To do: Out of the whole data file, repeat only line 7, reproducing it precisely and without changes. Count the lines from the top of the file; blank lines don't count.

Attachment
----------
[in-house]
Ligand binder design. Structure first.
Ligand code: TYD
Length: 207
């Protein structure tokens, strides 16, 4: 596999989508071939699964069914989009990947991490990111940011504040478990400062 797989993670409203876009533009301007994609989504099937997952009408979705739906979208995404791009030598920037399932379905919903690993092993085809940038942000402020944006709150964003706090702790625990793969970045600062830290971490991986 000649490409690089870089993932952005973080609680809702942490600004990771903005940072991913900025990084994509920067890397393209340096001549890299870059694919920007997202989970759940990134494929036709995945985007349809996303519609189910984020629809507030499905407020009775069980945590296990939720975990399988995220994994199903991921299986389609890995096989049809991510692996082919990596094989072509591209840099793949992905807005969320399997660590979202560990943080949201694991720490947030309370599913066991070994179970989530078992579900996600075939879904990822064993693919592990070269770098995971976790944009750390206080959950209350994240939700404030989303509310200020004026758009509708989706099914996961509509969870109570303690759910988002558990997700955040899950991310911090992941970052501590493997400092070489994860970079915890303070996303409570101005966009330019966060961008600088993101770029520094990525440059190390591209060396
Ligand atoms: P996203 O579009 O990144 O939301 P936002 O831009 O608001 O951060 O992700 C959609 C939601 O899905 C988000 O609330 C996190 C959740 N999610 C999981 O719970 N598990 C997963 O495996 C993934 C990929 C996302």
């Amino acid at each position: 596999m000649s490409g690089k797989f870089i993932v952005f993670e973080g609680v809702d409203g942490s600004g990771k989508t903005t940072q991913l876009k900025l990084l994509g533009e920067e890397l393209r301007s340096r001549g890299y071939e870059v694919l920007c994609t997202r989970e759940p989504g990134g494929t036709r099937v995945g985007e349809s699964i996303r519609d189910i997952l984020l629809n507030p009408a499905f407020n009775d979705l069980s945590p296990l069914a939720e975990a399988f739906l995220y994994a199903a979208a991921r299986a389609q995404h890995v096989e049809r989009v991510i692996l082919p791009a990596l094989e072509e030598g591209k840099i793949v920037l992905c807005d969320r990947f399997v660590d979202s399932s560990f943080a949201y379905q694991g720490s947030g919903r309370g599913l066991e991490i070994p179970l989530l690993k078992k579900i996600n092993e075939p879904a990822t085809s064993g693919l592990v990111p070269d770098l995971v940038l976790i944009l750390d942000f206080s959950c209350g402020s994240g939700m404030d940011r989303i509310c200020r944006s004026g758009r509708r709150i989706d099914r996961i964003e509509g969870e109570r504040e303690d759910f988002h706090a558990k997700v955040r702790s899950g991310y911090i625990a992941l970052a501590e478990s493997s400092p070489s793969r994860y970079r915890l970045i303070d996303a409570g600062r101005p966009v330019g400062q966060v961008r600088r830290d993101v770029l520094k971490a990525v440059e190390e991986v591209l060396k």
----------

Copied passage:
């Amino acid at each position: 596999m000649s490409g690089k797989f870089i993932v952005f993670e973080g609680v809702d409203g942490s600004g990771k989508t903005t940072q991913l876009k900025l990084l994509g533009e920067e890397l393209r301007s340096r001549g890299y071939e870059v694919l920007c994609t997202r989970e759940p989504g990134g494929t036709r099937v995945g985007e349809s699964i996303r519609d189910i997952l984020l629809n507030p009408a499905f407020n009775d979705l069980s945590p296990l069914a939720e975990a399988f739906l995220y994994a199903a979208a991921r299986a389609q995404h890995v096989e049809r989009v991510i692996l082919p791009a990596l094989e072509e030598g591209k840099i793949v920037l992905c807005d969320r990947f399997v660590d979202s399932s560990f943080a949201y379905q694991g720490s947030g919903r309370g599913l066991e991490i070994p179970l989530l690993k078992k579900i996600n092993e075939p879904a990822t085809s064993g693919l592990v990111p070269d770098l995971v940038l976790i944009l750390d942000f206080s959950c209350g402020s994240g939700m404030d940011r989303i509310c200020r944006s004026g758009r509708r709150i989706d099914r996961i964003e509509g969870e109570r504040e303690d759910f988002h706090a558990k997700v955040r702790s899950g991310y911090i625990a992941l970052a501590e478990s493997s400092p070489s793969r994860y970079r915890l970045i303070d996303a409570g600062r101005p966009v330019g400062q966060v961008r600088r830290d993101v770029l520094k971490a990525v440059e190390e991986v591209l060396k």